The Athens of Socrates's time has gone down in history as the very place where democracy and freedom of speech were born. Yet this city put Socrates, its most famous philosopher, to death. Presumably this was because it citizens did not like what he was teaching. Yet he had been teaching there all his life, unmolested. Why did they wait until he was 70, and had only a few years to live, before executing him?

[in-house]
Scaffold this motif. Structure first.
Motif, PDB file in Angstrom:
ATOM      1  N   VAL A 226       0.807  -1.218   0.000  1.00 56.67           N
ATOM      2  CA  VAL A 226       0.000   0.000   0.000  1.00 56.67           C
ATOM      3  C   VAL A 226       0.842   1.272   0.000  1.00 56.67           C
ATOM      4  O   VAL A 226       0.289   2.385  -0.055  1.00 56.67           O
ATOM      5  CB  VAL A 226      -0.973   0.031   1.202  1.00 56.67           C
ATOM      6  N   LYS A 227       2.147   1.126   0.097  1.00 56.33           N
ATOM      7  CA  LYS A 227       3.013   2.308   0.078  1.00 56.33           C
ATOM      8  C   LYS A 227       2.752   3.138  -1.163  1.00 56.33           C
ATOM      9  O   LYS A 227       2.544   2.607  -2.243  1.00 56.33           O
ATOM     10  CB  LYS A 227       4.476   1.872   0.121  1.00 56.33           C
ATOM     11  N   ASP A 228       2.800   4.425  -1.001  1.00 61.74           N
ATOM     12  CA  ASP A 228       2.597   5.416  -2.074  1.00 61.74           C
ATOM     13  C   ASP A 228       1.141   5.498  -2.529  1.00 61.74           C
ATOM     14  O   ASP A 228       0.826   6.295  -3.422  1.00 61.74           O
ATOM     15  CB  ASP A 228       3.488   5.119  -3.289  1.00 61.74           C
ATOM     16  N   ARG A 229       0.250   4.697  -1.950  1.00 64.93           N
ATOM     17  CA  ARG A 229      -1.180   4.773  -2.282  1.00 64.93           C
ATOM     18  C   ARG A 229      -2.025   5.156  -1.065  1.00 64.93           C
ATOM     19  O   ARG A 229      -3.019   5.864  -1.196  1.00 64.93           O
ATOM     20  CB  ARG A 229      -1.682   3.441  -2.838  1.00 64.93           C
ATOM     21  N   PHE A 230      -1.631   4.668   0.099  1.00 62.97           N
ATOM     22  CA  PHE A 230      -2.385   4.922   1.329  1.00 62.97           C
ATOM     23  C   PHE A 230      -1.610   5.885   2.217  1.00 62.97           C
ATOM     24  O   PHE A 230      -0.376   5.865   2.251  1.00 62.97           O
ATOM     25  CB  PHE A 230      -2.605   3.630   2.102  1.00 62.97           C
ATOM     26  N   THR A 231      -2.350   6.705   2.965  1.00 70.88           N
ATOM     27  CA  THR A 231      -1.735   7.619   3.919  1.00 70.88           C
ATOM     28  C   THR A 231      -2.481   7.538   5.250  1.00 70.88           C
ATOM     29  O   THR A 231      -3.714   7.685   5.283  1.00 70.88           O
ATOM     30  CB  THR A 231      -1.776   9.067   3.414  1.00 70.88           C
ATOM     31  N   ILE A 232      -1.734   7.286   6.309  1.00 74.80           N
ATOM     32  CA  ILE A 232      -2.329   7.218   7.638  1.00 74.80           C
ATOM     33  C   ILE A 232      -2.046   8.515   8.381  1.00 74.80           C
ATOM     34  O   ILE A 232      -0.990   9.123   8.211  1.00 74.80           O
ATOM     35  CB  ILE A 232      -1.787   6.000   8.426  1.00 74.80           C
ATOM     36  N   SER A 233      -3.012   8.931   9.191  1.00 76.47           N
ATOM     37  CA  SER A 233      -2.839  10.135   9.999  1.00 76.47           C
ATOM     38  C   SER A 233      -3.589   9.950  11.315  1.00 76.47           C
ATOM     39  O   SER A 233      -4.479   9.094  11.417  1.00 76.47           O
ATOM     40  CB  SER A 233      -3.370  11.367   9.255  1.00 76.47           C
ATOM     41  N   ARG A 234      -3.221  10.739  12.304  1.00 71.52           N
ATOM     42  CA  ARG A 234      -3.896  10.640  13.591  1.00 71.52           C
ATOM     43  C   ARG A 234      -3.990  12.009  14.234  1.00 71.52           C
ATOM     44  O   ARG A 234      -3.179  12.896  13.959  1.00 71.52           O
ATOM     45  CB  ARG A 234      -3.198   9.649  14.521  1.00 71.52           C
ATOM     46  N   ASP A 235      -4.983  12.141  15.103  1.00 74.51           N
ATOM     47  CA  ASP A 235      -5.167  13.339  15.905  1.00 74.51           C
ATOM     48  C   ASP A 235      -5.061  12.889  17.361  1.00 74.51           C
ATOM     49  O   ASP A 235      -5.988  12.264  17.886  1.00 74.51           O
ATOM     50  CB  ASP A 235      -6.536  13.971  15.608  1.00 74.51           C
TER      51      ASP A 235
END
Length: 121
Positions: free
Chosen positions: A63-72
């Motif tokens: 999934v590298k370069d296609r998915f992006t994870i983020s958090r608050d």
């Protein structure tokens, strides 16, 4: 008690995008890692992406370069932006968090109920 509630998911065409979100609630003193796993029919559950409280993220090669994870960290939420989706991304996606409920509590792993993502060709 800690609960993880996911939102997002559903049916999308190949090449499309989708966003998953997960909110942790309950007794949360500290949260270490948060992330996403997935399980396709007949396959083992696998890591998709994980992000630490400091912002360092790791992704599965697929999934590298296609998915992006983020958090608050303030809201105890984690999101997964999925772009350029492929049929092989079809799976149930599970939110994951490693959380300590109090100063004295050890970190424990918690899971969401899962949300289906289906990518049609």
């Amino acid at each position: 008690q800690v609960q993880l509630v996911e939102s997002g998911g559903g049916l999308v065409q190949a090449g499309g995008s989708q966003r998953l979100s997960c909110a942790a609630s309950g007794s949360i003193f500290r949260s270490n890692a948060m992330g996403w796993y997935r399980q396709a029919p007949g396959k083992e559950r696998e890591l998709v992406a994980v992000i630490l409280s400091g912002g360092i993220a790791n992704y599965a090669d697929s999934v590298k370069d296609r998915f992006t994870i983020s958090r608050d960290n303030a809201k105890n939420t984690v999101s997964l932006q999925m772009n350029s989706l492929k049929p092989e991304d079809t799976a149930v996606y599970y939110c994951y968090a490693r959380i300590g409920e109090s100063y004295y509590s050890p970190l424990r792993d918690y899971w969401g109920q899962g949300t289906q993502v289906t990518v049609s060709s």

In unraveling the long-hidden issues of the most famous free speech case of all time, noted author I.F. Stone ranges far and wide over both Roman and Greek history to present an engaging and rewarding introduction to classical antiquity and its relevance to society today.